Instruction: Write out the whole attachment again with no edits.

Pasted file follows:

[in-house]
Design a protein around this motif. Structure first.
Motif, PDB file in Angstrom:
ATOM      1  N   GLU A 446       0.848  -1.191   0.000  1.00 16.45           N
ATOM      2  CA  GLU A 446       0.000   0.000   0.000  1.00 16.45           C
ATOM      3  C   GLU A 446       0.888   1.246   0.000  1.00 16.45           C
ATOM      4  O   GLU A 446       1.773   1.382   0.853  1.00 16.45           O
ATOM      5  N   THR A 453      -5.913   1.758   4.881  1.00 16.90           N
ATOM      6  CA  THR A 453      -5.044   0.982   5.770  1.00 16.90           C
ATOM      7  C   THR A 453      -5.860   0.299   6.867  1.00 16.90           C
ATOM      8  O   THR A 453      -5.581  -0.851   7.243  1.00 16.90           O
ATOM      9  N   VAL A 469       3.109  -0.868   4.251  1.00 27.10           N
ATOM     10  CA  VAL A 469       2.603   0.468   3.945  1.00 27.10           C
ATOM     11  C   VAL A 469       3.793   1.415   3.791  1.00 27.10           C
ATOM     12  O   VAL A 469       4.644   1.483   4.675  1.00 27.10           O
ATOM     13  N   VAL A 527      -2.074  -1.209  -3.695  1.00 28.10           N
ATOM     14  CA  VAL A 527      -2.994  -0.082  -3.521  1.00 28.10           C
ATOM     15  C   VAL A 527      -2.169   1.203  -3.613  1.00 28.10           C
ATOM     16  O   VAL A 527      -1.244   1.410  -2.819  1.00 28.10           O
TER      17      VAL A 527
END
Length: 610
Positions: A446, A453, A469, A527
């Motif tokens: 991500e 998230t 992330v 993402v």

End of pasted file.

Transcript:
[in-house]
Design a protein around this motif. Structure first.
Motif, PDB file in Angstrom:
ATOM      1  N   GLU A 446       0.848  -1.191   0.000  1.00 16.45           N
ATOM      2  CA  GLU A 446       0.000   0.000   0.000  1.00 16.45           C
ATOM      3  C   GLU A 446       0.888   1.246   0.000  1.00 16.45           C
ATOM      4  O   GLU A 446       1.773   1.382   0.853  1.00 16.45           O
ATOM      5  N   THR A 453      -5.913   1.758   4.881  1.00 16.90           N
ATOM      6  CA  THR A 453      -5.044   0.982   5.770  1.00 16.90           C
ATOM      7  C   THR A 453      -5.860   0.299   6.867  1.00 16.90           C
ATOM      8  O   THR A 453      -5.581  -0.851   7.243  1.00 16.90           O
ATOM      9  N   VAL A 469       3.109  -0.868   4.251  1.00 27.10           N
ATOM     10  CA  VAL A 469       2.603   0.468   3.945  1.00 27.10           C
ATOM     11  C   VAL A 469       3.793   1.415   3.791  1.00 27.10           C
ATOM     12  O   VAL A 469       4.644   1.483   4.675  1.00 27.10           O
ATOM     13  N   VAL A 527      -2.074  -1.209  -3.695  1.00 28.10           N
ATOM     14  CA  VAL A 527      -2.994  -0.082  -3.521  1.00 28.10           C
ATOM     15  C   VAL A 527      -2.169   1.203  -3.613  1.00 28.10           C
ATOM     16  O   VAL A 527      -1.244   1.410  -2.819  1.00 28.10           O
TER      17      VAL A 527
END
Length: 610
Positions: A446, A453, A469, A527
């Motif tokens: 991500e 998230t 992330v 993402v």